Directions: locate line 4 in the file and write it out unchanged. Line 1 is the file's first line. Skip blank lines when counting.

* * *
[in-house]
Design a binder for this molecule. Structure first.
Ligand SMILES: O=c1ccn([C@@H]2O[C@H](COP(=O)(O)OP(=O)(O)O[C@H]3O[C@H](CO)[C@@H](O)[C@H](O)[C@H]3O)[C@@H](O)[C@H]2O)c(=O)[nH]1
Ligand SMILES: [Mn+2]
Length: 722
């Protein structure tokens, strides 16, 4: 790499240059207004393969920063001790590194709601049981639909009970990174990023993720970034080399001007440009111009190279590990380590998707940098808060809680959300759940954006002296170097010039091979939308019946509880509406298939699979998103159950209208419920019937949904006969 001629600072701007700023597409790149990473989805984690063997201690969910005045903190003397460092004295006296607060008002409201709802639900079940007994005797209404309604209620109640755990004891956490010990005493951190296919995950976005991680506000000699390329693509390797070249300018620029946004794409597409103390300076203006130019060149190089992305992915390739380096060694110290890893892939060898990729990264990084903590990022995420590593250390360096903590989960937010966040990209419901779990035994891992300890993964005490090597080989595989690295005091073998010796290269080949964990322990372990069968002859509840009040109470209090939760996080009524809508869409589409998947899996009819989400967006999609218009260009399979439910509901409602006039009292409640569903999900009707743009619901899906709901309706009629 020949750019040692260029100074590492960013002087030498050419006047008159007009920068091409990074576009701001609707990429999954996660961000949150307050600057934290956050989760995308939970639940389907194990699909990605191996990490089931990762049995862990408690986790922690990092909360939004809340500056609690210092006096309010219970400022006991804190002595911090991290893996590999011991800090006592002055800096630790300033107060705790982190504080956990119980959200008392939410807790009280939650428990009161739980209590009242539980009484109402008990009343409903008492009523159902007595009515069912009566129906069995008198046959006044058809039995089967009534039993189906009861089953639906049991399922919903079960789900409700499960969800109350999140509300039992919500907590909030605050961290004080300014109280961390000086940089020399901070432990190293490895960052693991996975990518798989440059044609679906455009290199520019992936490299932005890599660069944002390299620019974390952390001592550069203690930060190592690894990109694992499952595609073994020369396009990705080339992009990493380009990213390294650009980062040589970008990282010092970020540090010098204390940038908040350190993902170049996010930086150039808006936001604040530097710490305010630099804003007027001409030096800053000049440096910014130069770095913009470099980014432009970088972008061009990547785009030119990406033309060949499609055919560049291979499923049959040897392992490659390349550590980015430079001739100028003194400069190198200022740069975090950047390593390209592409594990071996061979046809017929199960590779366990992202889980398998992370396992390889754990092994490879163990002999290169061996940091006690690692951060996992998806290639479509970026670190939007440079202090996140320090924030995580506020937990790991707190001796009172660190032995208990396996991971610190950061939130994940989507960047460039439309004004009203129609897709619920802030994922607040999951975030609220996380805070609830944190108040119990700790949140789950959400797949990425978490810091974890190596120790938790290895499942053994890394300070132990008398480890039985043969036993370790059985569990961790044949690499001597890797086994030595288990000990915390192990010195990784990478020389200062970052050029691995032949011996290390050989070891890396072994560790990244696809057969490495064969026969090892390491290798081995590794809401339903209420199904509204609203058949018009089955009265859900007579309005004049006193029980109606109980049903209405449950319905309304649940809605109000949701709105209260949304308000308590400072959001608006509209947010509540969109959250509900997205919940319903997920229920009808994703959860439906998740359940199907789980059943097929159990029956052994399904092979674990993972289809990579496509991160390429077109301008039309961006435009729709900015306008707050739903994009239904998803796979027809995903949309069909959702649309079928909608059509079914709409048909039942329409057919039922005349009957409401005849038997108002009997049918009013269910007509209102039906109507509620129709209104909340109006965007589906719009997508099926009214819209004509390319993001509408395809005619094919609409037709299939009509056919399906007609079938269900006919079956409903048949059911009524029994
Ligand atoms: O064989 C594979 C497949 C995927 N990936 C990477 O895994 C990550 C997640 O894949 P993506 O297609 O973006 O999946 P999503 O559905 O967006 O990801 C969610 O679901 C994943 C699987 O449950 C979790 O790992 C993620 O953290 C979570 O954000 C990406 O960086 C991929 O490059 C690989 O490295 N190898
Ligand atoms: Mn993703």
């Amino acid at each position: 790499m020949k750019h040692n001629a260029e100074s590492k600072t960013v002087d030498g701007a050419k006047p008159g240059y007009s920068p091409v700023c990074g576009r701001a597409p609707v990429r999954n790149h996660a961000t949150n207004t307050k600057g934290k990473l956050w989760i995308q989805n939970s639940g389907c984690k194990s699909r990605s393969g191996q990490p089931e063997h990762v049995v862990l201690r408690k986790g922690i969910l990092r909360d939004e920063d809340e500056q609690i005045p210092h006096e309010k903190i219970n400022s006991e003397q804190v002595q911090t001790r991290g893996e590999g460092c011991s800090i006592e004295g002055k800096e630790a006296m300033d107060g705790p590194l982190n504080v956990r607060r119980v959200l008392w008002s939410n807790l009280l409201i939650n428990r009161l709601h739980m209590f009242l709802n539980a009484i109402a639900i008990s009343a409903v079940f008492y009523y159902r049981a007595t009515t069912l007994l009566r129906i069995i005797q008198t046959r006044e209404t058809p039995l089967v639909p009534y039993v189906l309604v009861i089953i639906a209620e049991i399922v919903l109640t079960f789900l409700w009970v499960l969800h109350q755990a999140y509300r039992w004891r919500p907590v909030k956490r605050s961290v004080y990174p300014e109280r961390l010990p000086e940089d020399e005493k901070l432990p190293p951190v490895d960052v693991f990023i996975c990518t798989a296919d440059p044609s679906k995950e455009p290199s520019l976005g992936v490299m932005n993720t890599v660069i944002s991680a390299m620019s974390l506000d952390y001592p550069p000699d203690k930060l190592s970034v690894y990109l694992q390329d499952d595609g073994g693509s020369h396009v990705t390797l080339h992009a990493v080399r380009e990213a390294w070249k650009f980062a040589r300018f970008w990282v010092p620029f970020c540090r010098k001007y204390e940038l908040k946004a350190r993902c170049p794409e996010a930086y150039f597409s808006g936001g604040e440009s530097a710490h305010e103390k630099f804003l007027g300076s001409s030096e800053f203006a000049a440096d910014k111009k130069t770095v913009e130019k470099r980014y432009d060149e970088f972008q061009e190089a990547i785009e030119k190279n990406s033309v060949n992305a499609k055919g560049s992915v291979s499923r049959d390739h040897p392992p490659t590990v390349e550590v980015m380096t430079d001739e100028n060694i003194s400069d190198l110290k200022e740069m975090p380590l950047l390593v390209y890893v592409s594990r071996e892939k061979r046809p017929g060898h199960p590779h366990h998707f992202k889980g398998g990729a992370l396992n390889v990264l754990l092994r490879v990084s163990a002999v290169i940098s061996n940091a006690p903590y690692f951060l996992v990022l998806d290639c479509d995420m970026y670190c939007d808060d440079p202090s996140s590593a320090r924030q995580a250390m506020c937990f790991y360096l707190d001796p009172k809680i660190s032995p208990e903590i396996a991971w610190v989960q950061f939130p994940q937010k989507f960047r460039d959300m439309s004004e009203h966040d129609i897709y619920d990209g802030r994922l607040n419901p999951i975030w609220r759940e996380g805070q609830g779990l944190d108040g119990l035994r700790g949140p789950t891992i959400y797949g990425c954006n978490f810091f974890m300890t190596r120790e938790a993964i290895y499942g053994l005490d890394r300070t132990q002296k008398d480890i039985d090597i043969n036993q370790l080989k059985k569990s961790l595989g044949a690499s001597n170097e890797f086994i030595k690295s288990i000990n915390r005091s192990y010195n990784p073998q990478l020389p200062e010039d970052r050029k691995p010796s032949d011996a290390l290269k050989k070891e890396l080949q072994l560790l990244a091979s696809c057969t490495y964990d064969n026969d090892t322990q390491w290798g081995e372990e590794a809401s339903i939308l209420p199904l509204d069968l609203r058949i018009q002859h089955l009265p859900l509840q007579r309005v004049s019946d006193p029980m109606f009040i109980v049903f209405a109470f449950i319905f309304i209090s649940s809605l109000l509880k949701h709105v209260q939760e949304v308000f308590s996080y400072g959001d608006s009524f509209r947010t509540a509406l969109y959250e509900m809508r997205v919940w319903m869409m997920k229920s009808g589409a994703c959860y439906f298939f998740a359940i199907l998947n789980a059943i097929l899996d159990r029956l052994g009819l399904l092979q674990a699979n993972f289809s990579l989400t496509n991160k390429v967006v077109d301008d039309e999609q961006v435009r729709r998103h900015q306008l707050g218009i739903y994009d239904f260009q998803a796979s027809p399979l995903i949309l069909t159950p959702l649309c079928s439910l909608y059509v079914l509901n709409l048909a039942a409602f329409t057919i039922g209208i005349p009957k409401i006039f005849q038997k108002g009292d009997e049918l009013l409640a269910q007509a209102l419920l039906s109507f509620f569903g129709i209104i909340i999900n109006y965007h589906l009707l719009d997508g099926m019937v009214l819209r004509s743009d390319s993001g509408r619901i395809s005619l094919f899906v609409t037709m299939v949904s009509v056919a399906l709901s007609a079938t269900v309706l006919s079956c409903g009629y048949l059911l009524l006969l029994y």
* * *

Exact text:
Ligand SMILES: [Mn+2]